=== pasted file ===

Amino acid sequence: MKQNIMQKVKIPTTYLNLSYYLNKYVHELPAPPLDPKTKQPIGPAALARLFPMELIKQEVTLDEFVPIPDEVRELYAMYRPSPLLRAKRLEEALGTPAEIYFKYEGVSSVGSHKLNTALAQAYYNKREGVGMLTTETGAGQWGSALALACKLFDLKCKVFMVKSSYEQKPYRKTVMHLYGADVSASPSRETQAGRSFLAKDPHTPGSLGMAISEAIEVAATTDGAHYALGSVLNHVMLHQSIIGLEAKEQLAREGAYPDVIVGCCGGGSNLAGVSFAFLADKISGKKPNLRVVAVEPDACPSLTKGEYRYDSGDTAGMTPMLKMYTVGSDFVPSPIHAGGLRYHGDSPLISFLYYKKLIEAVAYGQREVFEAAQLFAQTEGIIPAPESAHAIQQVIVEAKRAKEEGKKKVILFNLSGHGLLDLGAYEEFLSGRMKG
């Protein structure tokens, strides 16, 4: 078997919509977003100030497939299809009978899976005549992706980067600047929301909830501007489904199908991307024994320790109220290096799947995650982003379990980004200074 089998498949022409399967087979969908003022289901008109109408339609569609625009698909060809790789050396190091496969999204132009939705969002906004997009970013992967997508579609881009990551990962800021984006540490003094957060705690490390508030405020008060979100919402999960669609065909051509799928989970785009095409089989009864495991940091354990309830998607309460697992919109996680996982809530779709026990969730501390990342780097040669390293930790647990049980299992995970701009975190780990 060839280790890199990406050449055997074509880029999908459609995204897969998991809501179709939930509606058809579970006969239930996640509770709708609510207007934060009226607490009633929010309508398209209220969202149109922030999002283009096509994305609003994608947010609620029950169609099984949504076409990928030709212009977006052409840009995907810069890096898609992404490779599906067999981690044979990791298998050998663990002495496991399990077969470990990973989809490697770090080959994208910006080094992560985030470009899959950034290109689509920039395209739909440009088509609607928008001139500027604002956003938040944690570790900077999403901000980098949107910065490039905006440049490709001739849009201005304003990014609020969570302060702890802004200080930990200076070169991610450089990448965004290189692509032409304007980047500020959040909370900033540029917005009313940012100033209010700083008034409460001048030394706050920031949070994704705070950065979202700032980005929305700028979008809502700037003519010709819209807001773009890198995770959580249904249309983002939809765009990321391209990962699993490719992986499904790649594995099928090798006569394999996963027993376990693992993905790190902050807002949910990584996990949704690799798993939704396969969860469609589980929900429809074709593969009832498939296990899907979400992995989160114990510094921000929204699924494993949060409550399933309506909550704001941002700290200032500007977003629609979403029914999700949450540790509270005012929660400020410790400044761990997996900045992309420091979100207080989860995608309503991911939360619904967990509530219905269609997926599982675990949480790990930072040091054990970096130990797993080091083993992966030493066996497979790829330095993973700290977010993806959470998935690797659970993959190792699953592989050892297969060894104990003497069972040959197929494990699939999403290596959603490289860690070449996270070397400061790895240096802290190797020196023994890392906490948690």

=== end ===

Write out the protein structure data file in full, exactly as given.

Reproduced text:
Amino acid sequence: MKQNIMQKVKIPTTYLNLSYYLNKYVHELPAPPLDPKTKQPIGPAALARLFPMELIKQEVTLDEFVPIPDEVRELYAMYRPSPLLRAKRLEEALGTPAEIYFKYEGVSSVGSHKLNTALAQAYYNKREGVGMLTTETGAGQWGSALALACKLFDLKCKVFMVKSSYEQKPYRKTVMHLYGADVSASPSRETQAGRSFLAKDPHTPGSLGMAISEAIEVAATTDGAHYALGSVLNHVMLHQSIIGLEAKEQLAREGAYPDVIVGCCGGGSNLAGVSFAFLADKISGKKPNLRVVAVEPDACPSLTKGEYRYDSGDTAGMTPMLKMYTVGSDFVPSPIHAGGLRYHGDSPLISFLYYKKLIEAVAYGQREVFEAAQLFAQTEGIIPAPESAHAIQQVIVEAKRAKEEGKKKVILFNLSGHGLLDLGAYEEFLSGRMKG
């Protein structure tokens, strides 16, 4: 078997919509977003100030497939299809009978899976005549992706980067600047929301909830501007489904199908991307024994320790109220290096799947995650982003379990980004200074 089998498949022409399967087979969908003022289901008109109408339609569609625009698909060809790789050396190091496969999204132009939705969002906004997009970013992967997508579609881009990551990962800021984006540490003094957060705690490390508030405020008060979100919402999960669609065909051509799928989970785009095409089989009864495991940091354990309830998607309460697992919109996680996982809530779709026990969730501390990342780097040669390293930790647990049980299992995970701009975190780990 060839280790890199990406050449055997074509880029999908459609995204897969998991809501179709939930509606058809579970006969239930996640509770709708609510207007934060009226607490009633929010309508398209209220969202149109922030999002283009096509994305609003994608947010609620029950169609099984949504076409990928030709212009977006052409840009995907810069890096898609992404490779599906067999981690044979990791298998050998663990002495496991399990077969470990990973989809490697770090080959994208910006080094992560985030470009899959950034290109689509920039395209739909440009088509609607928008001139500027604002956003938040944690570790900077999403901000980098949107910065490039905006440049490709001739849009201005304003990014609020969570302060702890802004200080930990200076070169991610450089990448965004290189692509032409304007980047500020959040909370900033540029917005009313940012100033209010700083008034409460001048030394706050920031949070994704705070950065979202700032980005929305700028979008809502700037003519010709819209807001773009890198995770959580249904249309983002939809765009990321391209990962699993490719992986499904790649594995099928090798006569394999996963027993376990693992993905790190902050807002949910990584996990949704690799798993939704396969969860469609589980929900429809074709593969009832498939296990899907979400992995989160114990510094921000929204699924494993949060409550399933309506909550704001941002700290200032500007977003629609979403029914999700949450540790509270005012929660400020410790400044761990997996900045992309420091979100207080989860995608309503991911939360619904967990509530219905269609997926599982675990949480790990930072040091054990970096130990797993080091083993992966030493066996497979790829330095993973700290977010993806959470998935690797659970993959190792699953592989050892297969060894104990003497069972040959197929494990699939999403290596959603490289860690070449996270070397400061790895240096802290190797020196023994890392906490948690």